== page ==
Latina Equal Pay Day — the day when Latina pay catches up to that of White, non-Hispanic men from the previous year. This year it is being observed on November 29, 2020.
More than 50 years after the passage of the Equal Pay Act of 1963, Latinas typically earn only 54 cents for every dollar earned by White, non-Hispanic men and must work more than 22 months to earn what white men earn in 12 months. Indeed, given that this is the last “Equal Pay Day” observance of the year, Latinas must typically work longer than … everyone.
This disparity hurts not only Latinas, but also the families and communities they support. In 2017, this is unacceptable. We need to act now and let everyone know that we support #LatinaEqualPay! Join the women’s rights community, Latino advocacy organizations, the labor movement and workers’ rights advocates for the #LatinaEqualPay Day.
Blog contributor Corine Sandifer covers thoroughly the facts on this important issue and the actions to be taken to close this 47% pay gap that hurts Latino families, and follow Latinas into retirement. Read on!
We will be on Twitter, Instagram, Facebook, and LinkedIn using the primary hashtag #LatinaEqualPay and secondary hashtags #Trabajadoras, #EqualPay and #LatinxEqualPay. A toolkit including educational resources, sample promotional tweets, info-graphics, and memes can be found at http://www.latinaequalpay.org/.
People are overly optimistic about the state of Latinas
Over four in ten white men think obstacles to advancement for Latinas are gone, but just 32% of Latinas agree. Moreover, nearly 62% of people who are not Latino think that racism, sexism, or both are uncommon in their company. Yet 51% of Latinas say they’ve experienced discrimination at work taken from a Survey by SurveyMonkey conducted on March 22-27, 2018.
This reality is what Latina’s in the U.S. face every day, and it’s holding us back from reaching our highest ambitions and our toughest goals.
Is it because Latinas choose worse paying jobs?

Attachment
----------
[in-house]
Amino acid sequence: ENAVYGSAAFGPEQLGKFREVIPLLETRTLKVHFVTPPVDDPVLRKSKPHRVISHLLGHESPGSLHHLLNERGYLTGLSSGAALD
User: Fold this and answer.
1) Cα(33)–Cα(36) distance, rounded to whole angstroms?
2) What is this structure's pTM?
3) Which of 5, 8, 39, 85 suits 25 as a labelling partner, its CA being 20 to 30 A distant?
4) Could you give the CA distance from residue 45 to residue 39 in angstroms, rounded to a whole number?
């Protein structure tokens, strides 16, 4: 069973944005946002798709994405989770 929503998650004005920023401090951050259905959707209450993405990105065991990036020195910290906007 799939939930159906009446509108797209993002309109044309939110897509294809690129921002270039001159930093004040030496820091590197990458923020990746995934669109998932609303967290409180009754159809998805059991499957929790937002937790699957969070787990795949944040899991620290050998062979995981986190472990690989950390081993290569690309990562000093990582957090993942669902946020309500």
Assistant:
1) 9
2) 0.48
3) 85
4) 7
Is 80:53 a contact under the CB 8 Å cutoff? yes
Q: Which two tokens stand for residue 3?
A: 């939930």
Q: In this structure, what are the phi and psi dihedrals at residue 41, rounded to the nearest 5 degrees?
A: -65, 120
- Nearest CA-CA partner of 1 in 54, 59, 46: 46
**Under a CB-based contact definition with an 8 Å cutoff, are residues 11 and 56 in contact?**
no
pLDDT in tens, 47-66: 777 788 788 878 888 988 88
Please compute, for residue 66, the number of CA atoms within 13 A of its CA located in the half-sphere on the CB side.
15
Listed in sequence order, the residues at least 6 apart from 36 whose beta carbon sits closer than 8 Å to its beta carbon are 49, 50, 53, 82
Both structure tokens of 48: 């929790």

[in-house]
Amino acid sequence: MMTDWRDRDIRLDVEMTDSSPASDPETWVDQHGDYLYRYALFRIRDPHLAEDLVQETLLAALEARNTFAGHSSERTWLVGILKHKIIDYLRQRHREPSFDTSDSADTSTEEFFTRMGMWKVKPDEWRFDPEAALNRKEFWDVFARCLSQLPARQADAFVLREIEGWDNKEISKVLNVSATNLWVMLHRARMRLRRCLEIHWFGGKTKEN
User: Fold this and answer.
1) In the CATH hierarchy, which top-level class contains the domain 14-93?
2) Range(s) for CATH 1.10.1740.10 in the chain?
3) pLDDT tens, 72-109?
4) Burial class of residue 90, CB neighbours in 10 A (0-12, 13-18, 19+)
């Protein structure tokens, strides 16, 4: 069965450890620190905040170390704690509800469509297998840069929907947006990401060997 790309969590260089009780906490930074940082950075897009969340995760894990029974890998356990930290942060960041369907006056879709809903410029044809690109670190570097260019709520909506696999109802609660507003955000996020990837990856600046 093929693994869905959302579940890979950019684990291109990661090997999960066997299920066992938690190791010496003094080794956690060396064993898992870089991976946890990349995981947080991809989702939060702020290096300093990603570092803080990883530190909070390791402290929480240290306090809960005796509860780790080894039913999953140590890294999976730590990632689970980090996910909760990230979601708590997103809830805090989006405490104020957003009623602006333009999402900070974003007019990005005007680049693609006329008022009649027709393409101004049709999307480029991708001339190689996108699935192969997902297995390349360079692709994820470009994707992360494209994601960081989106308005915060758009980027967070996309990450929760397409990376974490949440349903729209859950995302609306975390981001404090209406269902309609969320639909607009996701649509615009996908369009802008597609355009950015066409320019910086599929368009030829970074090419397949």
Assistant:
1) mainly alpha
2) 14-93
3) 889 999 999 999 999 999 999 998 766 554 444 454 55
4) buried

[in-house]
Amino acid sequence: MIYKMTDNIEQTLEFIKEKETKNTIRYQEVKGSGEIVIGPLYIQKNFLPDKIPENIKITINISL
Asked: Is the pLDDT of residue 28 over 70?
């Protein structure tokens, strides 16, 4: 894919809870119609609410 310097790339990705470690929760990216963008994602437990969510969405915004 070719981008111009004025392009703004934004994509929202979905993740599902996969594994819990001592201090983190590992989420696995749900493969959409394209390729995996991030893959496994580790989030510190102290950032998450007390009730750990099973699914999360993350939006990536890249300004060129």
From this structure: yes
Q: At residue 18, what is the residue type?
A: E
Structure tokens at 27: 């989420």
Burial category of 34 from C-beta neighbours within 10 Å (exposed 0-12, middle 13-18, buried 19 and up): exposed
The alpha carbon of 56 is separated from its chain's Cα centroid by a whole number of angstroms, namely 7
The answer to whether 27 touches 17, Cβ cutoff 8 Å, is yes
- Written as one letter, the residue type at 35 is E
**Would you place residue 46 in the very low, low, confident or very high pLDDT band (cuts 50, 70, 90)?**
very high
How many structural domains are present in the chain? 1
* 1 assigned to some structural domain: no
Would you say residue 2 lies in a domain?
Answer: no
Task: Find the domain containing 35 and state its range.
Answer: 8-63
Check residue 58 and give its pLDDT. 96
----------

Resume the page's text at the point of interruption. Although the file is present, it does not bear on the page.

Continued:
Many people think the gap exists because Latinas choose worse paying jobs. A third of Americans believe the gap occurs because Latinas work in occupations that don’t pay as much – and four in 10 white men think so. Only 20% of Latinos agree with that assessment yet when Latinas are in the same careers as white man they are paid significantly less. It is important to note that Latinas are overrepresented in low-wage jobs, and underrepresented in high-wage. What is frustrating for me is that they are still paid less than white men in the exact same jobs, even when they have high-wage jobs.
The unfortunate double discrimination
Latinas face unique challenges in the workplace. They are subject to biases for being women and biases for being people of color. This kind of double discrimination can intensify common biases faced by Latinas, but it can also play out in distinct forms of bias not faced by women more broadly.
Turn Awareness into Action
These stats are pretty upsetting. We cannot sit back and let this go unnoticed. Obviously, we still have a long way to go to close this wage gap for Latina women. There are ways for all of us (not just Latinas) to fight this wage gap. Here are just a few call to action provocations.
- Many Equal Rights Advocates are taking the lead on implementation and enforcement efforts related to the Fair Pay Act. Find out who they are in your city.
- Vote at this year’s election on November 6.
- Tell your representatives in Congress to vote for legislation that will close the Latina Wage Gap.
- Read and Share the LeanIn.org & McKinsey annual study on Women in the Workplace
- Support your Latina co-workers & friends (If you don’t have one, connect with me on LinkedIn or Instagram)
You can also turn awareness into action by joining a Lean In circle and taking strides toward a more equal world. Lean In Circles are small peer groups that meet regularly to share ideas, gain skills, seek advice, and show solidarity. They’re a place where women can be unapologetically ambitious. Being in a circle has allowed me to ask for what I want and to aim higher. I am supported by a whole world of powerful women.
This article was also published on LinkedIn On October 31. 2018 and has been updated to October 29, 2020.
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